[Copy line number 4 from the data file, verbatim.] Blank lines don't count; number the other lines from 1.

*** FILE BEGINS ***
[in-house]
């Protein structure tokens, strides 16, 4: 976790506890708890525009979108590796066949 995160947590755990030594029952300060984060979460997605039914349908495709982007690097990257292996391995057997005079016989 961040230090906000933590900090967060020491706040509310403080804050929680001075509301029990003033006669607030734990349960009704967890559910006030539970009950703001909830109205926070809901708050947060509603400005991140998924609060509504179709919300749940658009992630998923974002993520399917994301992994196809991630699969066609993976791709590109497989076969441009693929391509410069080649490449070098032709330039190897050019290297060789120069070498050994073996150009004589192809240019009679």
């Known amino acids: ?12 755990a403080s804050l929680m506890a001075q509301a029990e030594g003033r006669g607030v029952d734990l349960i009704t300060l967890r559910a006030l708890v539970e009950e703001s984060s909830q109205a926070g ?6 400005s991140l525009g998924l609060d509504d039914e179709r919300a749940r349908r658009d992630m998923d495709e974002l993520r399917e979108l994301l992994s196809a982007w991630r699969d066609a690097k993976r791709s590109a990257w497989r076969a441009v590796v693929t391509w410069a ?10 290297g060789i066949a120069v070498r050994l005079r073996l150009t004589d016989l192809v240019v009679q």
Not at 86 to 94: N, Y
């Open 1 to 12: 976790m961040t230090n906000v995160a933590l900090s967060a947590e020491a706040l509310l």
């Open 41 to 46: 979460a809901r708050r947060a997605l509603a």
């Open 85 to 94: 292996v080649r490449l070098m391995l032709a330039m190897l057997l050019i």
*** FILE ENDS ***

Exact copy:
Not at 86 to 94: N, Y